My research data from Northern Ghana shows that small-holder farmers have significant adaptive capacity. I have numerous examples of farmers discussing innovative ideas, plans or experiences of experimenting with crop varieties, and of them facing a challenge and solving the problem themselves in ways that an external “expert” wouldn’t necessarily consider.

I have also heard from farmers about ideas they have but they are currently unable to try out because of a lack of resources – labour/time, land, inputs, infrastructure, and other physical capitals.

This is where crop insurance can play a role. The principle behind crop insurance is as a mitigation strategy to reduce risk. It is an emerging initiative but a range of organisations are pursuing the idea with keen interest.

At the start of a season, a small-holder farmer can take out an insurance policy on the crops they are growing. If environmental, particularly climatic, conditions during the season mean the crop doesn’t yield their expected amount then they can claim an insurance pay-out for the yield they didn’t get. This means that a farmer is certain they will have either a yield or finances to be able to provide food for their family. In terms of the unknowns due to climatic variability plus the need to eat for basic survival, a crop insurance policy eliminates the risk.

Some may argue that it means small-holder farmers, who often live in poverty, have to pay to take out the insurance policy, thus taking limited financial resources away from something else. However, that expenditure ensures they can eat and the risk of a loss of life or ill health due to malnutrition are surely greater than the small cost of an insurance policy. Furthermore, we know from experiences with other finance-based development initiatives that farmers are often very willing to pay small sums to assist their development and enable innovation. Initiatives such as micro-credit and Village Savings and Loans Associations have shown the eagerness of farmers to engage with these concepts because they have adaptive capacity. So evidence suggests that when the opportunity presents itself, small-holder farmers are keen to participate with financial initiatives.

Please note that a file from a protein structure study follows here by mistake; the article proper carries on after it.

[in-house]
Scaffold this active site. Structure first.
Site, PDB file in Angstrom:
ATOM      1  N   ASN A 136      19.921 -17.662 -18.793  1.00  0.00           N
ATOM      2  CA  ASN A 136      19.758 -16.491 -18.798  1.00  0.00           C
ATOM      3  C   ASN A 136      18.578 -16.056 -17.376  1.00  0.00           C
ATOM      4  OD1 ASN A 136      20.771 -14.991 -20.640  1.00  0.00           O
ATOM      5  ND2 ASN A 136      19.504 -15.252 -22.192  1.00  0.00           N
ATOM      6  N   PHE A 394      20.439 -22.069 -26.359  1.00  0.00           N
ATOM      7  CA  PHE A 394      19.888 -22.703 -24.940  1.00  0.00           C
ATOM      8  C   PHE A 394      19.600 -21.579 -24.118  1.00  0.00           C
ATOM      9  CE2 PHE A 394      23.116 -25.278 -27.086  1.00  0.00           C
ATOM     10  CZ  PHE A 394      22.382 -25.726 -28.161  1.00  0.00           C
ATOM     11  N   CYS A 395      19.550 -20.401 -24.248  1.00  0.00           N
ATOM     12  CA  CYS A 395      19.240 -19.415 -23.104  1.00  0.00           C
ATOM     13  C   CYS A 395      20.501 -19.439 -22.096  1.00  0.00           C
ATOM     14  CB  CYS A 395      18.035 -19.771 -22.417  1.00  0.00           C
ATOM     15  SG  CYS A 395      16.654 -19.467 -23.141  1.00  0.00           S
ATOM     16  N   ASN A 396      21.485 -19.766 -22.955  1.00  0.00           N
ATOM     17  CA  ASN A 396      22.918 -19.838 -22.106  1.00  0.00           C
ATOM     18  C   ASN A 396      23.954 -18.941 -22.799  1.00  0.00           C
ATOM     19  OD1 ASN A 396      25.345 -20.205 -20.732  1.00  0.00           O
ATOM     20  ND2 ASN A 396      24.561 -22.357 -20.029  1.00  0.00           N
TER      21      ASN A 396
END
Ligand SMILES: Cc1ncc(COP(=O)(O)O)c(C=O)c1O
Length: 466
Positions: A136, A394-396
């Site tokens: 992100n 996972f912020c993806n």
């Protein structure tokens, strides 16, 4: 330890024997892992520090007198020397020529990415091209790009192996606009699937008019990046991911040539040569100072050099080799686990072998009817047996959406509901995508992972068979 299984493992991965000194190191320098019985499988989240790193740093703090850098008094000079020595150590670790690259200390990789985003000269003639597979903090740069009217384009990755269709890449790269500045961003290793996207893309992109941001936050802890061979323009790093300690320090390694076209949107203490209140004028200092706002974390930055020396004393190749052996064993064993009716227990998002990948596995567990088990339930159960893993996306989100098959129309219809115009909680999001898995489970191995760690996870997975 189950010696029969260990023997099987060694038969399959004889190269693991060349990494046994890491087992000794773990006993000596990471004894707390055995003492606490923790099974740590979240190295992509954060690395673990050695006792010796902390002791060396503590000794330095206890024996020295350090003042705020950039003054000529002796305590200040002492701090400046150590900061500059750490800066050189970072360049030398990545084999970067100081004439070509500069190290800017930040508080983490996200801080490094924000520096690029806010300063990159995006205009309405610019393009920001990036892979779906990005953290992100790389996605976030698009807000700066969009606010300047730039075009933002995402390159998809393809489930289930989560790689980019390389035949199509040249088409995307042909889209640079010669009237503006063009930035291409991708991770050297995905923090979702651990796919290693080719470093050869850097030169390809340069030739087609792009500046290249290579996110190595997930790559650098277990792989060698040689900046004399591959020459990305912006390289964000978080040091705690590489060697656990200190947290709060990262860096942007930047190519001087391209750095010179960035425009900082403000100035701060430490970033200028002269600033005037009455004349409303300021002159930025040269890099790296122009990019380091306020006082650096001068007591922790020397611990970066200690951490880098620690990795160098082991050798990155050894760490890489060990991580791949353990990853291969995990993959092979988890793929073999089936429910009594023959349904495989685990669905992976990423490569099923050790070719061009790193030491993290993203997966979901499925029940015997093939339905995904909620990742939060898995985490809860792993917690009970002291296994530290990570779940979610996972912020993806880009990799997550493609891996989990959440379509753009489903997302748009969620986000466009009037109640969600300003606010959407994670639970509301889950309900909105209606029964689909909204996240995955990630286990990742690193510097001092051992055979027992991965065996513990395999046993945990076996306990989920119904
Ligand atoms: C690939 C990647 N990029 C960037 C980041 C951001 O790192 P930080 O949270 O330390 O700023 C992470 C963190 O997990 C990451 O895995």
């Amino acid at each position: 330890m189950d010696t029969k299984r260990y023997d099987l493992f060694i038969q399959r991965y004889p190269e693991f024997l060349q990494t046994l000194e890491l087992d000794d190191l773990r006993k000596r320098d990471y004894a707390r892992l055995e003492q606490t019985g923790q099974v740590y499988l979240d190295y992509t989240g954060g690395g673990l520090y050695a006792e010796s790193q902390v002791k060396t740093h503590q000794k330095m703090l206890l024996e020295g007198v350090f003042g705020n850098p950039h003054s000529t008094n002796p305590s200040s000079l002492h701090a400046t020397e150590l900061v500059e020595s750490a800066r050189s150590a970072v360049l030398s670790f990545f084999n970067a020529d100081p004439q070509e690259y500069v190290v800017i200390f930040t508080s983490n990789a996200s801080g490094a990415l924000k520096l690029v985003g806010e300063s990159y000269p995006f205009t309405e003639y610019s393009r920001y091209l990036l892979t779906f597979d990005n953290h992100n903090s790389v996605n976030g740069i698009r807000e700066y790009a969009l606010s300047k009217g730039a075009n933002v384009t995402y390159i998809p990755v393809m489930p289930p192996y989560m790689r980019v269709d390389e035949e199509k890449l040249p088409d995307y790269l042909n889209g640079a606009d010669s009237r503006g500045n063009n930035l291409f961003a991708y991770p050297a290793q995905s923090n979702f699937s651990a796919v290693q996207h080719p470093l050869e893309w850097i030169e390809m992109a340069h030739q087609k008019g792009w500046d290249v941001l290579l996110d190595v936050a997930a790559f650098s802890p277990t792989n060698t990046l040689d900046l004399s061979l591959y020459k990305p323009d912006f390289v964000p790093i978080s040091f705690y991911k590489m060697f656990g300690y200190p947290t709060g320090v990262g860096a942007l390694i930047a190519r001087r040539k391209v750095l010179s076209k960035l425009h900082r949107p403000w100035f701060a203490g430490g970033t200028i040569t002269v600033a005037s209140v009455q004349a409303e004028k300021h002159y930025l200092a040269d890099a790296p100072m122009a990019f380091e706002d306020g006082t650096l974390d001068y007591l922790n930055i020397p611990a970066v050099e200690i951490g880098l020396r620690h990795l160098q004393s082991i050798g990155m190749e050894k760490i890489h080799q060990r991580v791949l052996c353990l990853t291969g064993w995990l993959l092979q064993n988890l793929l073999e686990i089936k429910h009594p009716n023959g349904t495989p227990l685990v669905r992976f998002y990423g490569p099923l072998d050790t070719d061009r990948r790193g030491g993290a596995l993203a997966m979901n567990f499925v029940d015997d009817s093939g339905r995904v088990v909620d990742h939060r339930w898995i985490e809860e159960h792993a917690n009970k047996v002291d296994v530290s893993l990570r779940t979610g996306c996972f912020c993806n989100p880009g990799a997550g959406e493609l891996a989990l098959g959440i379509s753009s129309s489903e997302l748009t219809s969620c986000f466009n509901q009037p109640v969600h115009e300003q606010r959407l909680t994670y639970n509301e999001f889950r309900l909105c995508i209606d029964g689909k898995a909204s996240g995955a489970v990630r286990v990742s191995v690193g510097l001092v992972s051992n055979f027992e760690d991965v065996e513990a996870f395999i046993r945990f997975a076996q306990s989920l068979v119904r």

Mitigation + Adaptation = Win-Win

The first section discussed adaptation strategies and the associated risks within a small-holder farming system. Then I outlined how crop insurance functions as a mitigation strategy to eliminate risk. So how do these adaptation strategies and mitigation strategies fit together and what is the role of adaptive capacity in each?

I briefly mentioned above that often farmers express eagerness to participate in financial initiatives because they have adaptive capacity. The forms of financial development initiative I referred to as examples present ways for a farmer to adapt. But crop insurance is a mitigation strategy so doesn’t use adaptive capacity in the same way. Yes, the availability of such an initiative requires a farmer to respond and may need them to adapt a few small things in order for them to divert funds to take out the insurance policy. However, in my mind, a strategy which mitigates risk in this way enables greater opportunities for adaptation.

A farmer in Upper East Region, Ghana, experiments with rice varieties - growing the local variety (right) next to a dwarf variety (left) for comparison

A farmer in Upper East Region, Ghana, experiments with rice varieties – growing the local variety (right) next to a dwarf variety (left) for comparison

From my experience in Northern Ghana, I know with certainty that farmers have the capacity to adapt, at least in some ways or to a certain degree. I have heard first-hand that farmers do not always have the time or land to adapt because that spend extra effort tending staple crops due to climatic variability. For example, some farmers in Northern Ghana explained that they now hand-water their crops where there are drought periods during the wet season – drought being two or more weeks. I also know that many farmers in the region are experiencing worsened mental health due to anxieties over whether their crops will yield.

Crop insurance cannot only relieve this anxiety but also has the potential to create an opportunity for small-holder farmers to utilise their adaptive capacity.

Change can present risk to a small-holder farmer. Responding to change through adaptation strategies can present risk. Mitigation through crop insurance can eliminate some risks. I think mitigation through crop insurance can enable adaptation. Mitigation + adaptation = win-win.